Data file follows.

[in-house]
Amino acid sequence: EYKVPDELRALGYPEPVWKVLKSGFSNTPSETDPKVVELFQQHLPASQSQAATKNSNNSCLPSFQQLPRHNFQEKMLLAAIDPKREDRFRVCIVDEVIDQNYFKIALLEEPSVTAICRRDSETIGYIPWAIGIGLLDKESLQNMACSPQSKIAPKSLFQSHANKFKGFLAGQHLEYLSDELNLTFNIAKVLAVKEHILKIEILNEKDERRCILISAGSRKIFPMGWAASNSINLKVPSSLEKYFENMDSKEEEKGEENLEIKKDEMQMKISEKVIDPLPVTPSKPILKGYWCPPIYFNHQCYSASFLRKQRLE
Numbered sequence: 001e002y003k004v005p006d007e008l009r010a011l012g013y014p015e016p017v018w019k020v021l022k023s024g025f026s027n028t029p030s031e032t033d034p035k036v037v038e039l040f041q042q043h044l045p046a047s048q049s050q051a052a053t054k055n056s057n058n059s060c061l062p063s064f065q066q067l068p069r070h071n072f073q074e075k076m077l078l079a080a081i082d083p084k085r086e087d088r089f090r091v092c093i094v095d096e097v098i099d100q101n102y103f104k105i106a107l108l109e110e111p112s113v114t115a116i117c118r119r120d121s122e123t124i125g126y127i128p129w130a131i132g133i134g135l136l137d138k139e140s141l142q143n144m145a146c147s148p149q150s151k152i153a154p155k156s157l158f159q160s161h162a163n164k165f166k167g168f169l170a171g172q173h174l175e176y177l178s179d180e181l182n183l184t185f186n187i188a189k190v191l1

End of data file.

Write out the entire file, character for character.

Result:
[in-house]
Amino acid sequence: EYKVPDELRALGYPEPVWKVLKSGFSNTPSETDPKVVELFQQHLPASQSQAATKNSNNSCLPSFQQLPRHNFQEKMLLAAIDPKREDRFRVCIVDEVIDQNYFKIALLEEPSVTAICRRDSETIGYIPWAIGIGLLDKESLQNMACSPQSKIAPKSLFQSHANKFKGFLAGQHLEYLSDELNLTFNIAKVLAVKEHILKIEILNEKDERRCILISAGSRKIFPMGWAASNSINLKVPSSLEKYFENMDSKEEEKGEENLEIKKDEMQMKISEKVIDPLPVTPSKPILKGYWCPPIYFNHQCYSASFLRKQRLE
Numbered sequence: 001e002y003k004v005p006d007e008l009r010a011l012g013y014p015e016p017v018w019k020v021l022k023s024g025f026s027n028t029p030s031e032t033d034p035k036v037v038e039l040f041q042q043h044l045p046a047s048q049s050q051a052a053t054k055n056s057n058n059s060c061l062p063s064f065q066q067l068p069r070h071n072f073q074e075k076m077l078l079a080a081i082d083p084k085r086e087d088r089f090r091v092c093i094v095d096e097v098i099d100q101n102y103f104k105i106a107l108l109e110e111p112s113v114t115a116i117c118r119r120d121s122e123t124i125g126y127i128p129w130a131i132g133i134g135l136l137d138k139e140s141l142q143n144m145a146c147s148p149q150s151k152i153a154p155k156s157l158f159q160s161h162a163n164k165f166k167g168f169l170a171g172q173h174l175e176y177l178s179d180e181l182n183l184t185f186n187i188a189k190v191l1